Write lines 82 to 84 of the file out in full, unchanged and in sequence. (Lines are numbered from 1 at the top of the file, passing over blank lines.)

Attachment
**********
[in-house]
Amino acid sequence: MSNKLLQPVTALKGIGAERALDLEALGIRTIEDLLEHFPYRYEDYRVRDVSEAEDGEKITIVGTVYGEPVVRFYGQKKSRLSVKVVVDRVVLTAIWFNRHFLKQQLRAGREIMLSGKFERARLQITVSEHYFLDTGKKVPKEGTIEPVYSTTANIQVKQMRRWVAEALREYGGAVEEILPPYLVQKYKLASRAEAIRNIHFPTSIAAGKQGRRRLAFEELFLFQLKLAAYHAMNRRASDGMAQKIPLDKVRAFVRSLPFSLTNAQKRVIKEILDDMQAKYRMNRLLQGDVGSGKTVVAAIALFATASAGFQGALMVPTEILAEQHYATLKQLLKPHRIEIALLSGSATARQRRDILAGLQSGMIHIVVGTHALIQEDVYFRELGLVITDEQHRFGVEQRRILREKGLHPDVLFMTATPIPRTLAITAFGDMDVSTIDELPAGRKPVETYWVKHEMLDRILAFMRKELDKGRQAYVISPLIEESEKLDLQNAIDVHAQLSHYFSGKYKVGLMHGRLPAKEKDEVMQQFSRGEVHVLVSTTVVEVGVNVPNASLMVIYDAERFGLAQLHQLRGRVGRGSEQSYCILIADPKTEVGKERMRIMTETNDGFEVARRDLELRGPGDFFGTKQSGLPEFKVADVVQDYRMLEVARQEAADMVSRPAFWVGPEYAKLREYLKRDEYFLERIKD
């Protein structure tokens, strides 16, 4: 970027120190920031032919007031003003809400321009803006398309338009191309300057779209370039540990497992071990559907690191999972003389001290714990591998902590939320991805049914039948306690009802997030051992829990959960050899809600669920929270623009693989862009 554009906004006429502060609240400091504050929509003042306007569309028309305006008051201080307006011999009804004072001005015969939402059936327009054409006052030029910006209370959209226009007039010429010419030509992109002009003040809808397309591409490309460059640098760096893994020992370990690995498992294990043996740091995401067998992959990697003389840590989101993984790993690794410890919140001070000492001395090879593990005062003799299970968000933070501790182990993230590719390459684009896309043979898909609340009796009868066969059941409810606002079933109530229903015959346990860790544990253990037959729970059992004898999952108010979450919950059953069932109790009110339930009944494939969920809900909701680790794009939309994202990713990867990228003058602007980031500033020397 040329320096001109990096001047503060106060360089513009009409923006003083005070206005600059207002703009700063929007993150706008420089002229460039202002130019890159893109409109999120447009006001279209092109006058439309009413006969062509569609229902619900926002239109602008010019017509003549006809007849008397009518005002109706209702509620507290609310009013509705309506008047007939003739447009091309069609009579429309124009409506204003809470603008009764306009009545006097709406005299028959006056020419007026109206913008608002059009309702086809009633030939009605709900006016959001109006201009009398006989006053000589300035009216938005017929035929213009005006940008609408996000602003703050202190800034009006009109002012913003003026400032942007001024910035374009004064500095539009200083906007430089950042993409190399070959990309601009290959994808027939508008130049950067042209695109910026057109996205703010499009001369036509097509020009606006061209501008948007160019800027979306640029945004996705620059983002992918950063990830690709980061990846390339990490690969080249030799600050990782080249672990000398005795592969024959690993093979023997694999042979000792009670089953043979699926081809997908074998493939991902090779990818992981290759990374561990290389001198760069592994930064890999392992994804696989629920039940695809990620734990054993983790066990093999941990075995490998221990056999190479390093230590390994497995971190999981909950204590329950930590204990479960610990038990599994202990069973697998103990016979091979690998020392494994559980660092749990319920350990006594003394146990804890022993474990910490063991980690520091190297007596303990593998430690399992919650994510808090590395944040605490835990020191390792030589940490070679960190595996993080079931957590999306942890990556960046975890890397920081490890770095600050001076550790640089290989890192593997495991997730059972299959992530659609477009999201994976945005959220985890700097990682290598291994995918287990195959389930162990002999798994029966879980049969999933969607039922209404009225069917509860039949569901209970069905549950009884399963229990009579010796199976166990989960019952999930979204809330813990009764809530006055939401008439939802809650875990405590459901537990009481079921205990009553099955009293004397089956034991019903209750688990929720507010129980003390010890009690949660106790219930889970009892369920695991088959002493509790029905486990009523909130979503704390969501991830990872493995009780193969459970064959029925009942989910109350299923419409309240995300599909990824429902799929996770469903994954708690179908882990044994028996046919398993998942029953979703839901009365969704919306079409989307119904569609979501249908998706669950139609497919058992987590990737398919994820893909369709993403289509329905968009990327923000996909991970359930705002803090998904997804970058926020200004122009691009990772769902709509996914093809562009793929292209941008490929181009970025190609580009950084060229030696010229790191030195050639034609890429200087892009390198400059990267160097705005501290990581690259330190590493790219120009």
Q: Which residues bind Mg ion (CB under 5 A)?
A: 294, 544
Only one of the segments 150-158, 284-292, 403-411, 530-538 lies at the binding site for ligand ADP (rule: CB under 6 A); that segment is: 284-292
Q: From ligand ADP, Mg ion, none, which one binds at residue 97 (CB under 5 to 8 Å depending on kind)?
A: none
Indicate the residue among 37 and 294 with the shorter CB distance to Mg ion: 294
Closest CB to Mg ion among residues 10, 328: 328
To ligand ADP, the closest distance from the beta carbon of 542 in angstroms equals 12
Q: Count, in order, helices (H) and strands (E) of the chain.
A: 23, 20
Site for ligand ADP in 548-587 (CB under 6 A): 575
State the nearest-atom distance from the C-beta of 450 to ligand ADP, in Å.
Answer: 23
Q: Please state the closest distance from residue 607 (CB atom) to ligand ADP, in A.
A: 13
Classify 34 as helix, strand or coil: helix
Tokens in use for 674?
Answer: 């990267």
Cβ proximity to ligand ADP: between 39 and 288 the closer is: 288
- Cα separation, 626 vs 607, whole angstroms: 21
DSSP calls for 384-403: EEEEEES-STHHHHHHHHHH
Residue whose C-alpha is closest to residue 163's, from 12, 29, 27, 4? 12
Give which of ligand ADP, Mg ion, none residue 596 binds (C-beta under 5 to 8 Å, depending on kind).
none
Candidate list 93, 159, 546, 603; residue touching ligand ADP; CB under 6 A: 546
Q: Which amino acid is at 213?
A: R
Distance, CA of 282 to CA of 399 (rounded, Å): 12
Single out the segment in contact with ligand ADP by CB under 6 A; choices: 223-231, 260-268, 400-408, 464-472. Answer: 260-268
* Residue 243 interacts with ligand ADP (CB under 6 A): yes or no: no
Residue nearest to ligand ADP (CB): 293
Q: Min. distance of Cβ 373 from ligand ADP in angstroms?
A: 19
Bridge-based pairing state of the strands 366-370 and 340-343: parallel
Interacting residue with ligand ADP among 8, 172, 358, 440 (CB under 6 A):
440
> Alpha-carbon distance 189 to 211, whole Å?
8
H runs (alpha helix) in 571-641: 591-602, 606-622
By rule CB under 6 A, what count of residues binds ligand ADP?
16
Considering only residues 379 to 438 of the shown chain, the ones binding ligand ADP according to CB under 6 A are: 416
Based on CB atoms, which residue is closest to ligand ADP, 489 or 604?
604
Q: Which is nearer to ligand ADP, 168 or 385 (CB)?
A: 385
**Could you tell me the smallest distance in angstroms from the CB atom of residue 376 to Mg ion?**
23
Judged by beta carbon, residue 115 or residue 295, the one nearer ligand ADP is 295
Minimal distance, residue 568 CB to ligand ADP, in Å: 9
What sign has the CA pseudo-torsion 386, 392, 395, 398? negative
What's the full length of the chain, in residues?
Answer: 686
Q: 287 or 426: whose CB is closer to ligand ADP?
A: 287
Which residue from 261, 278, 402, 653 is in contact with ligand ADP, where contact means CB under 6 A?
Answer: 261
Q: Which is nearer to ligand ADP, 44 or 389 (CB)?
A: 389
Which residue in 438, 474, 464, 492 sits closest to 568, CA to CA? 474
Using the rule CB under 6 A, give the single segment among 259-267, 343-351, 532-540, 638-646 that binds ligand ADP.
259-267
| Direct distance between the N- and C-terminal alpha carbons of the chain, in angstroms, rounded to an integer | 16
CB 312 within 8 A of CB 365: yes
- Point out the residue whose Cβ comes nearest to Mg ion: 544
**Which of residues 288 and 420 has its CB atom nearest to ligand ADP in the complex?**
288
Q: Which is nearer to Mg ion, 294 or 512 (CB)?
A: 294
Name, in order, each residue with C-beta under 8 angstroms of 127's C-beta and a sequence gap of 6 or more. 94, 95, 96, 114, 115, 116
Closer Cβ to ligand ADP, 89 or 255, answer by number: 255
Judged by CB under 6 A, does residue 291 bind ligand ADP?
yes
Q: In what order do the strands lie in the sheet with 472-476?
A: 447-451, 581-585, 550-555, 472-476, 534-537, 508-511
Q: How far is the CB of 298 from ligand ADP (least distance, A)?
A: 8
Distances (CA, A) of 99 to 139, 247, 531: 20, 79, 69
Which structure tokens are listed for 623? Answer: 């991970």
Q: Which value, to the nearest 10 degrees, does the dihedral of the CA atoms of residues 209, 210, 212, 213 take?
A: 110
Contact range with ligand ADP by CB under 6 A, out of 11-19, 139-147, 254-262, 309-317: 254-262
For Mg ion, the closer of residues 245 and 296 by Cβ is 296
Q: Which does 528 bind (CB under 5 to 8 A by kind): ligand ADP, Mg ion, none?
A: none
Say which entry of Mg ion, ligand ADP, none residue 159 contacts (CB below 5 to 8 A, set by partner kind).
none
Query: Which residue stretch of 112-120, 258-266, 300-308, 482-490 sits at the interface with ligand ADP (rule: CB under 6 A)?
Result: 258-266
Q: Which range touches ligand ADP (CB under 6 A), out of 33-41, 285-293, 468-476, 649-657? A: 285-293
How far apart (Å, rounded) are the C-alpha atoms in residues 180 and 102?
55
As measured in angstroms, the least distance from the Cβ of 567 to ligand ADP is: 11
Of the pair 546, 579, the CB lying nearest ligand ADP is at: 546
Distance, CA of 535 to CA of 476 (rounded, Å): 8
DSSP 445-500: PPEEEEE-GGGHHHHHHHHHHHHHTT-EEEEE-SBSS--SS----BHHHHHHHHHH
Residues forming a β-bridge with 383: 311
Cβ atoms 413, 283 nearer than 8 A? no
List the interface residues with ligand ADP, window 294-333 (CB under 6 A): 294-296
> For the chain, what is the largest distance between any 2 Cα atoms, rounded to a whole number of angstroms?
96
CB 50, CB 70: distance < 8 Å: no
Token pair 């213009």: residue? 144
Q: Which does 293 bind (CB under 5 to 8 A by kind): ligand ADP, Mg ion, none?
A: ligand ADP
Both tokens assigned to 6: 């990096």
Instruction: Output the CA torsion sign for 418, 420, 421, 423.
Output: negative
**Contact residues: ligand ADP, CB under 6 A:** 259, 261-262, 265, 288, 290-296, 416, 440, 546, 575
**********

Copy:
Which structure tokens are listed for 623? Answer: 């991970």
Q: Which value, to the nearest 10 degrees, does the dihedral of the CA atoms of residues 209, 210, 212, 213 take?
A: 110